The largest design is the eight sided concert sarp. Most were around 2 foot arcoss and half a foot high with each side being the same length. These had 12 strings to a side with strings running between opposite sides. With both tuning pegs and tension levers on the outside the instrument could be set up to change keys much more easily than the classic harp which gave amny more options for performances. Like with the classic the lid was a tightly fitted piece with curved sound holes.   While it was possible to play with this resting on your legs the weight and size meant that most people preferred to use a stand and separate chair when playing. With even more strings and the option to use the levers to adjust the tuning of strings mid song these were considered much more difficult to play than the classic. Shile some would move the levers with their hands, this was considered cheating by some who held that all parts of playing should be done with magic.   Even when first produced most concert sarps were highly ornate. Some were simply showpieces for the wealthy but others were for those who played professionally at grand events. Almost every one of these was unqiue and those that have survived have been passed down through elven and dwarven families for generations.

History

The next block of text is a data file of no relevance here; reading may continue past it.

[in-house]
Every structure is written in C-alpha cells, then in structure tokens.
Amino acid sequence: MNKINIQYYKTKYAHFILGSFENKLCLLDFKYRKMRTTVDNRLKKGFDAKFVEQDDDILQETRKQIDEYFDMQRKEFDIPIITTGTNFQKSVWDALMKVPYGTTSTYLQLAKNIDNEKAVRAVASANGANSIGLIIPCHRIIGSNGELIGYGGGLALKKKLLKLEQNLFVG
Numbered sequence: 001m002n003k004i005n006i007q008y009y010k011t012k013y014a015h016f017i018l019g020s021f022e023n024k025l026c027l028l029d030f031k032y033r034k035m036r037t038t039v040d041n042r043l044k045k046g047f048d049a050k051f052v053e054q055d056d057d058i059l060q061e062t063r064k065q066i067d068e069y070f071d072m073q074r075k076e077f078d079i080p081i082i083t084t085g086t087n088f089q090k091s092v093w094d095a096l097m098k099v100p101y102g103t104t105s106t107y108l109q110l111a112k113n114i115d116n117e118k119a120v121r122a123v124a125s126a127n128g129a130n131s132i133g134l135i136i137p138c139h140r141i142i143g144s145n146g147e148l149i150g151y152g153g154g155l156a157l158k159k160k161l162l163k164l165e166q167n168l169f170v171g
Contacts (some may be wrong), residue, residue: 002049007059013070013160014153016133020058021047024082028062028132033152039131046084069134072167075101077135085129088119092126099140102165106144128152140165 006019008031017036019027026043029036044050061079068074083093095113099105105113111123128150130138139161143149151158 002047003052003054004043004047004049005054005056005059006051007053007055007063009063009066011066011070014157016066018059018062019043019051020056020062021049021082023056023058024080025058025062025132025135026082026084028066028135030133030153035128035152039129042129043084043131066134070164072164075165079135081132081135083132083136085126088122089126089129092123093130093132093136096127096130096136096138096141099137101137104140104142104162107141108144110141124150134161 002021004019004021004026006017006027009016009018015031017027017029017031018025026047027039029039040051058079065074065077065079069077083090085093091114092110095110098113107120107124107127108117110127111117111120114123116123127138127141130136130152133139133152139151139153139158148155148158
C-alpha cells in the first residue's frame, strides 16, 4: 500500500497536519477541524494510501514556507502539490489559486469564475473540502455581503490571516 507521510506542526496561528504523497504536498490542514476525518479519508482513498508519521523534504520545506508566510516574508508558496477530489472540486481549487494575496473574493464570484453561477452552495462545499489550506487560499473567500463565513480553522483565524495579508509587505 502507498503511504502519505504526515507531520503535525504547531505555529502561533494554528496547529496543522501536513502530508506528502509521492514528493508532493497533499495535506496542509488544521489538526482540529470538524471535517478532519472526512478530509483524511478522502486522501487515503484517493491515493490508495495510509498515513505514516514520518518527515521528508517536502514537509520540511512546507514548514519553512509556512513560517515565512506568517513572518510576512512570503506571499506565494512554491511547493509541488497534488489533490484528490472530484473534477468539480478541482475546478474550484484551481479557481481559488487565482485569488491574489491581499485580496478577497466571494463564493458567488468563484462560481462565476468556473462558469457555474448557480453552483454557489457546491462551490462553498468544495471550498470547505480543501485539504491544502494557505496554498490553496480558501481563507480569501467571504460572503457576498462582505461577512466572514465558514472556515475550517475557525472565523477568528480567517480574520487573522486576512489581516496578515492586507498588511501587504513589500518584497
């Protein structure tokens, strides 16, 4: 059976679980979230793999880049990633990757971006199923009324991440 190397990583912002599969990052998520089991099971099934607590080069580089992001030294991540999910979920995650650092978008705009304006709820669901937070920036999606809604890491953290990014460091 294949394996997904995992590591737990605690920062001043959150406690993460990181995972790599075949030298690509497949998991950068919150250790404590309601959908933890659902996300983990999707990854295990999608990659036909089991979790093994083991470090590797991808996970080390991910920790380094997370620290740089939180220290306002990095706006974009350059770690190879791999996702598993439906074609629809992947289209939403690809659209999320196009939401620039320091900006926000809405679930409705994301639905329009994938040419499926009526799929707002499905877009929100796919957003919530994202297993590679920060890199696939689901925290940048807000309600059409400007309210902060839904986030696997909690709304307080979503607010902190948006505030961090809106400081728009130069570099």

The sarp was developed in Arbreendon as way of training psions in precise control of their telekinetic powers. The earliest versions were simple square boxes with four strings at different tensions to help the instructor tell if a student had plucked the right one. Some of the apprentice psions liked to play simple tunes on them and tried adding more strings. An eight string variant was created and found favour with the masters as it increased the difficulty of the training.   The sarp would likely have remained as a training tool were it not for Lufen Wrenson taking one with him on his travels. An encounter with a travelling bard led to discussions about how the instrument could be improved and Lufen took some tieme out on his way back home to consult with an instrument maker. This led to the creation of the hexagonal or classic sarp.   The sarp remained an instrument played almost exclusivelyin Abreendon until it was introduced to a mage from the Colleges of Magic. The colleges began using them to train mages in precise control and like in Abreendon, some students took to playing them for enjoyment. Up intil thiis point the sarp had been a fairly plain looking instrument but a few enterprising crafters decided to cash in on the new instrument, Realising that there was little profit to be made from producing small numbers of plain sarps they began creating much more ornate versions with different woods and ornate designs on the outside.   As is often the case some crafters and players were not content with the basic design of the sarp. Though there were relatively few customers for the instrument they tended to be wealthy and for a while there were almost as many different variations on the sarp as there were players. The number of strings, shape of the box, sound holes, and internal structure were all varied till the instruments could barely be considered to be of the same type.   Eventually the designs started to converge on an eight sided box with crossed strings and several internal structures to direct the sound. This configuration is now referred to as the concert sarp. Concert sarps were still custom made, with the size and decoration varying by owner but the underlying structure remained fairly constant.   Following the War of Ascension and the destruction of the colleges the sarp was largely forgotten apart from in elven and dwarven lands wehere a few continue to be played.